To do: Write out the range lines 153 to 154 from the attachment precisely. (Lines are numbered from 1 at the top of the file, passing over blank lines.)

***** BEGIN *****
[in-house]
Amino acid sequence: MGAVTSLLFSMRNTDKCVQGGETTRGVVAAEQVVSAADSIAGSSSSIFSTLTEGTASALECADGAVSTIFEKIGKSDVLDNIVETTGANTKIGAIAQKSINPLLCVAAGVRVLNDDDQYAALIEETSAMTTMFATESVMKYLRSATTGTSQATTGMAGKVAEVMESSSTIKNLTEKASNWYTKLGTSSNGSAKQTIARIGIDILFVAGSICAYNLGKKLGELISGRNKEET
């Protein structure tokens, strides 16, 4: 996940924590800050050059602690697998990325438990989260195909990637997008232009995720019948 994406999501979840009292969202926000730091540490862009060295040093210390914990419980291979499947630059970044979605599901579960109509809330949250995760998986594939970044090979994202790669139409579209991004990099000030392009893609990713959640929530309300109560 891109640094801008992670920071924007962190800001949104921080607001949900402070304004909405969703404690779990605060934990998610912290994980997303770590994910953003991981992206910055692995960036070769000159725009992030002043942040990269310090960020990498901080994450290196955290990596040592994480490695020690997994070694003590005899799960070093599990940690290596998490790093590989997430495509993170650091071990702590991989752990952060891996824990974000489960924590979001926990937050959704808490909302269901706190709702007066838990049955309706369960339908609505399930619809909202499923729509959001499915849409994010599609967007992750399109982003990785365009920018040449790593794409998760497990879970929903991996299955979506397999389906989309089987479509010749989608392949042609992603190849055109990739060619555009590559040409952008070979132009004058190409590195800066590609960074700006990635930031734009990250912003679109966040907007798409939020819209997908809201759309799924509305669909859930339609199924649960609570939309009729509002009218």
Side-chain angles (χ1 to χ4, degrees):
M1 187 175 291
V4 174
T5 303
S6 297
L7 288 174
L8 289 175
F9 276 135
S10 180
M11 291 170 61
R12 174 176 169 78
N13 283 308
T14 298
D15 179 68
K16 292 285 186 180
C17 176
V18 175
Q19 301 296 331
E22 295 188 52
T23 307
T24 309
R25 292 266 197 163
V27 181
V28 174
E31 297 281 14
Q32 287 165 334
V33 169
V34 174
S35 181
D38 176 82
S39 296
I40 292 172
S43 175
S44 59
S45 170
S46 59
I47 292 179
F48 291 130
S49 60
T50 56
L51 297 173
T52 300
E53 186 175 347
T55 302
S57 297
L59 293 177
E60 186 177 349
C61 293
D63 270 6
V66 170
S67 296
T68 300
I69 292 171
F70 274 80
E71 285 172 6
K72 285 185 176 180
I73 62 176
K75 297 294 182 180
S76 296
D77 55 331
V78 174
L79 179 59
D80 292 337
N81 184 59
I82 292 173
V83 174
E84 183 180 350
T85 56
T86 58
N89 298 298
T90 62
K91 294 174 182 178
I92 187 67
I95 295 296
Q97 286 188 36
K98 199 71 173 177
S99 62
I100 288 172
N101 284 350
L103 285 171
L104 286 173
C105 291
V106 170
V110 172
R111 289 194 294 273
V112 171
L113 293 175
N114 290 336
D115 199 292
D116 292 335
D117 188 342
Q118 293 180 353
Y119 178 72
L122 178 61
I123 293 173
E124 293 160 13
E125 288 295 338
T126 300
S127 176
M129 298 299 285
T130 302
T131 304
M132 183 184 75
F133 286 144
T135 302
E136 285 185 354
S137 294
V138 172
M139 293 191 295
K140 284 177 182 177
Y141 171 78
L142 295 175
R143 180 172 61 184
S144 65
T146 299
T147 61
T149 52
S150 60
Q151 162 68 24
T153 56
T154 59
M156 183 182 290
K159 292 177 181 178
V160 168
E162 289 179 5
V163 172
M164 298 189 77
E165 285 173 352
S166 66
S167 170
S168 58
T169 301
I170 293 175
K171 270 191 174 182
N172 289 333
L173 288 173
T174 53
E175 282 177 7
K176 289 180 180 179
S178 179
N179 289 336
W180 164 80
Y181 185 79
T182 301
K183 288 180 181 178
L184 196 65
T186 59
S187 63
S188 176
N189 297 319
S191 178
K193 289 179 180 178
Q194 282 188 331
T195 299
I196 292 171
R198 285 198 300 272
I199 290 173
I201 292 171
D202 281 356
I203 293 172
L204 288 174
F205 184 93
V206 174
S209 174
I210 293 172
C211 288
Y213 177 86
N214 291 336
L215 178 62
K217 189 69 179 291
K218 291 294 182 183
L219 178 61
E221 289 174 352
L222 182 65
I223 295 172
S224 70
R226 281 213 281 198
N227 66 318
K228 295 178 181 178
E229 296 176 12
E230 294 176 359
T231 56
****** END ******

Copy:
N189 297 319
S191 178